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LazuliOrchid

Animal welfare QnA and rescue thread.

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Hello lovely people of DC!

 

I work at my local humane society and have for over 2 years. Most of you are probably pet owners or animal lovers, and I'd like to share some if my stories with you if I can. Do you have any questions about the goings on in a shelter? Feel free to ask! Also if you have an animal rescue or adoption story feel free to share, who doesn't love a happy story?

 

First I'd like to give a little background and some extra info. I've been an adoption counselor and am currently animal care technion who works closely with the small animals and who councils new pet parents on these small animals such as rabbits. My shelter is rather large and is ine that operates in a tristate area. We have 3 rooms of dogs up for adoption, 2 rooms of dog holding for the new/not tested dogs, 3 cat areas including an open cageless cat lounge where fixed males, fixed females and unswayed females can hang out as long as they don't spend all their time hiding and are up to date on shots. We also have 2 cat holding areas and a nursery as well as plenty of amazing foster homes. We also have a rabbit/small animal area and rabbits are out third most populated animal. We are a very fortunate shelter in the fact we have a clinic attached to our building that can get all of out animals fixed, microchiped and vaccinated before they go home. We also have 2 vets in staff and our own triage department.

 

Last year we sheltered 2,903 animals which included  948 dogs, 1,707 cats, 118 rabbits, 3 pot bellied pigs and 127 other such as Guinea pigs, snakes, finches, hermit crabs, budgies, hamsters, gerbils, rats, a duck, some chickens and a got. We had a 89% save rate last year and thanks to adopters fosters and help from other shelters we didn't need to euthanize a single animal for space! 

 

This brings us to the euthanasia issue and the kill vs no kill stigma. 'Are you no kill' is a question we here so often and the answer is no, and really no shelter out there is a true no kill. We euthanize animals for things like health and temperament. We've lost animals we all love for things that just come up. In old dogs we've seen failing kidney and heat infections, in cats liver failure, feline leukemia, in rabbits seizures and loss of movement and bodily control just to name a few. Then there are surrenders we see that are too far gone to save, very advanced parvo, which we can and have treated before but sometimes it's just too late, or those poor sweet stay animals that have gotten hit by cars and by the time they get to us their too far gone. There is also a thing called 'kennel crazy' these animals we try to put a lot if focus on but sometimes when the anxiety medicine,  and extra time out aren't enough its time for a hard decision. Dogs more often than cats can actually loose their mind in a shelter and will do nothing all day but bounce off their walls and circle. Many times we get lucky and extra promotions get that dog home but sometimes the dogs we love the most cause they've been there so long just aren't themselves any more and it's cruel to keep them in a preprtual state if stress. That is another reason we let go of the unadoptable dogs, better to let them go peacefully than to let them go insane.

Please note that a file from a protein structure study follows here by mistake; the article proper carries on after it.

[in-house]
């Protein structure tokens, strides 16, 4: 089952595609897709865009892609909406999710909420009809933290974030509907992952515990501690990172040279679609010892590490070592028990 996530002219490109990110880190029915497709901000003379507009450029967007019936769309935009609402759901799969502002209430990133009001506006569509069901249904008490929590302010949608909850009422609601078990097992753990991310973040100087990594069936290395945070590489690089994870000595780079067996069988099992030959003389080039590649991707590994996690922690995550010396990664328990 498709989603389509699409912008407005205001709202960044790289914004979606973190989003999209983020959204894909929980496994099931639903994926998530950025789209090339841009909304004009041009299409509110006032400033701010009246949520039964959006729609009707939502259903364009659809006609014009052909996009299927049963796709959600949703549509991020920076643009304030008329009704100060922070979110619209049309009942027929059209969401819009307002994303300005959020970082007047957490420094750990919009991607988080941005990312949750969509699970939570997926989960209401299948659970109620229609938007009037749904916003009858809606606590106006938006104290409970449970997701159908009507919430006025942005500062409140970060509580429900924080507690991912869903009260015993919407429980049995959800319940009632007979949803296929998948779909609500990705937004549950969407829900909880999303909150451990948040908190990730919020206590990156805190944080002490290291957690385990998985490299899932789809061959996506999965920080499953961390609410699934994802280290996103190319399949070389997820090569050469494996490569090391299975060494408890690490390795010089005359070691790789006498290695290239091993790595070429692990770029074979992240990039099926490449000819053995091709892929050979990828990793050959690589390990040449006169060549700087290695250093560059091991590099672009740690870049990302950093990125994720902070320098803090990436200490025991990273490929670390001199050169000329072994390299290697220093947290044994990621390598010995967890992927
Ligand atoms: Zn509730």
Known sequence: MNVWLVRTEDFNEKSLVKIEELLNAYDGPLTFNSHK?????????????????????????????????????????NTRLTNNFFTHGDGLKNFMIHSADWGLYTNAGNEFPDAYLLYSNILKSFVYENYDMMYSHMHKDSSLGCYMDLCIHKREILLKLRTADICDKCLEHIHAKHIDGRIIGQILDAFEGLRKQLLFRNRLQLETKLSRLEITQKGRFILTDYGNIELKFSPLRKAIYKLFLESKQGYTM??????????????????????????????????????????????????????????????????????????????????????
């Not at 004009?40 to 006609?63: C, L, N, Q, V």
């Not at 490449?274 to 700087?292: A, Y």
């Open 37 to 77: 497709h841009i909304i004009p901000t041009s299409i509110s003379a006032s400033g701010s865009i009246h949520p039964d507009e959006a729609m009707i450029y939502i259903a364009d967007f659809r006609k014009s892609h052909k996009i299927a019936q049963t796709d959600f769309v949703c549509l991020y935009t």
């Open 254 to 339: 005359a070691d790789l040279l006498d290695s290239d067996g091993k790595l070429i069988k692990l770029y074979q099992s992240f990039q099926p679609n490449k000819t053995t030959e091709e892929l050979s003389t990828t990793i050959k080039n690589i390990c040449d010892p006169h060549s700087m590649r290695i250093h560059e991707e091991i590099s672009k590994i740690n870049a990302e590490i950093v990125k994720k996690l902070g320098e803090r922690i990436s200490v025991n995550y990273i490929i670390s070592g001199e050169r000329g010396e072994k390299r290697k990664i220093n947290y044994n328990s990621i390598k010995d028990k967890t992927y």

So that's the health side of it, now the side that's a much harder issue: temperament. The last thing we want to do is euthanize a happy healthy animal but bad animals do exist. Sadly they are usually the high energy high anxiety breeds but when they are pure breed, or at least look enough like it we can transfer an animal to a rescue who is far more able to work with those animals. We do this a lot with shepherds, Huskies, Aussies and other working breeds who truly need a job to do to be happy. The dogs that don't look it are less lucky but we will not release a bad animal to the public. These animals can bite unprovoked or have a long bite recorded with animal control. These are only our most extreme cases, if an animal resources guards or food guards we often times still give them a chance at adoption and let the adopters know the issues. More often than not these animals cannot go home with small kids since they can decide they want whatever the kid has or a spot on the couch and no one wants to put children in danger.

 

Those are the basic reasons so let's talk about no kill shelters. We have 3 in our area and all of them are lovely places that help animals but they often only take in the animals they know will get adopted. Those extra cute highly desirable dogs everyone wants and whi will find a home right away. And should they take in an animal that ends up with an issue they will transfer them to another shelter to be euthanized there. It's sad but it happens. No one wants to call themselves a kill shelter, it's a very strong very ugly very negative word. But humane euthanasia is better than a life of insanity. If only the label could drop more people would be less scared of their local Animal Control, the 'pound' who typically had to say yes to any animal that walks into the door, stray or surrender, when they have limited funding and space given to them by the state.

 

 

So that's the biggest question in a nutshell, please feel free to ask any and all questions you may have or share your stories of rescue or adoption! 

 

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